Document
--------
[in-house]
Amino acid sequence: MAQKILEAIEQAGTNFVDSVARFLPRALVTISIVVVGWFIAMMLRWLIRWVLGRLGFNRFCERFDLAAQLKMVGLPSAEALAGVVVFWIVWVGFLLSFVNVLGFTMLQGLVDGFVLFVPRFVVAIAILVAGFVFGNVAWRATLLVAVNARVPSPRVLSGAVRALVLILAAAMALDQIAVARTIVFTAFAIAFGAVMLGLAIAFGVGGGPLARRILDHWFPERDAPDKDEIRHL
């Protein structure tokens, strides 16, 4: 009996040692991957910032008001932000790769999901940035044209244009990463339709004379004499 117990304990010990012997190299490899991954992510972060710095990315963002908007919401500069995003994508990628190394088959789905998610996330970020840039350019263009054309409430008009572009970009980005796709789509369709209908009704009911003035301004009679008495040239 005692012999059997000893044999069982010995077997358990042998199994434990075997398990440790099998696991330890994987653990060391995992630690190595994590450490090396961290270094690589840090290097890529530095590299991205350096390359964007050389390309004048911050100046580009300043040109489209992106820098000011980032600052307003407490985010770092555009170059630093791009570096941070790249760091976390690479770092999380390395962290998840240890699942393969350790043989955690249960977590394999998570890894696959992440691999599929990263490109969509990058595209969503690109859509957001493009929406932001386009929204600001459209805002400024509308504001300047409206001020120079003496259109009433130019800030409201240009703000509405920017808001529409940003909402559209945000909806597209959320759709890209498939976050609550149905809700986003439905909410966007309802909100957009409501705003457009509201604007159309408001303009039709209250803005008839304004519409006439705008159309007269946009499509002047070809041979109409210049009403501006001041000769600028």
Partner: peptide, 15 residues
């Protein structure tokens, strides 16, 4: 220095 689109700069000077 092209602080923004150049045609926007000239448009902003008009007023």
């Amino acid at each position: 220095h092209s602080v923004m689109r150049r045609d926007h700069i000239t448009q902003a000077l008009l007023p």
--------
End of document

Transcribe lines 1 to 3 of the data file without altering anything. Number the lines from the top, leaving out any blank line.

[in-house]
Amino acid sequence: MAQKILEAIEQAGTNFVDSVARFLPRALVTISIVVVGWFIAMMLRWLIRWVLGRLGFNRFCERFDLAAQLKMVGLPSAEALAGVVVFWIVWVGFLLSFVNVLGFTMLQGLVDGFVLFVPRFVVAIAILVAGFVFGNVAWRATLLVAVNARVPSPRVLSGAVRALVLILAAAMALDQIAVARTIVFTAFAIAFGAVMLGLAIAFGVGGGPLARRILDHWFPERDAPDKDEIRHL
């Protein structure tokens, strides 16, 4: 009996040692991957910032008001932000790769999901940035044209244009990463339709004379004499 117990304990010990012997190299490899991954992510972060710095990315963002908007919401500069995003994508990628190394088959789905998610996330970020840039350019263009054309409430008009572009970009980005796709789509369709209908009704009911003035301004009679008495040239 005692012999059997000893044999069982010995077997358990042998199994434990075997398990440790099998696991330890994987653990060391995992630690190595994590450490090396961290270094690589840090290097890529530095590299991205350096390359964007050389390309004048911050100046580009300043040109489209992106820098000011980032600052307003407490985010770092555009170059630093791009570096941070790249760091976390690479770092999380390395962290998840240890699942393969350790043989955690249960977590394999998570890894696959992440691999599929990263490109969509990058595209969503690109859509957001493009929406932001386009929204600001459209805002400024509308504001300047409206001020120079003496259109009433130019800030409201240009703000509405920017808001529409940003909402559209945000909806597209959320759709890209498939976050609550149905809700986003439905909410966007309802909100957009409501705003457009509201604007159309408001303009039709209250803005008839304004519409006439705008159309007269946009499509002047070809041979109409210049009403501006001041000769600028």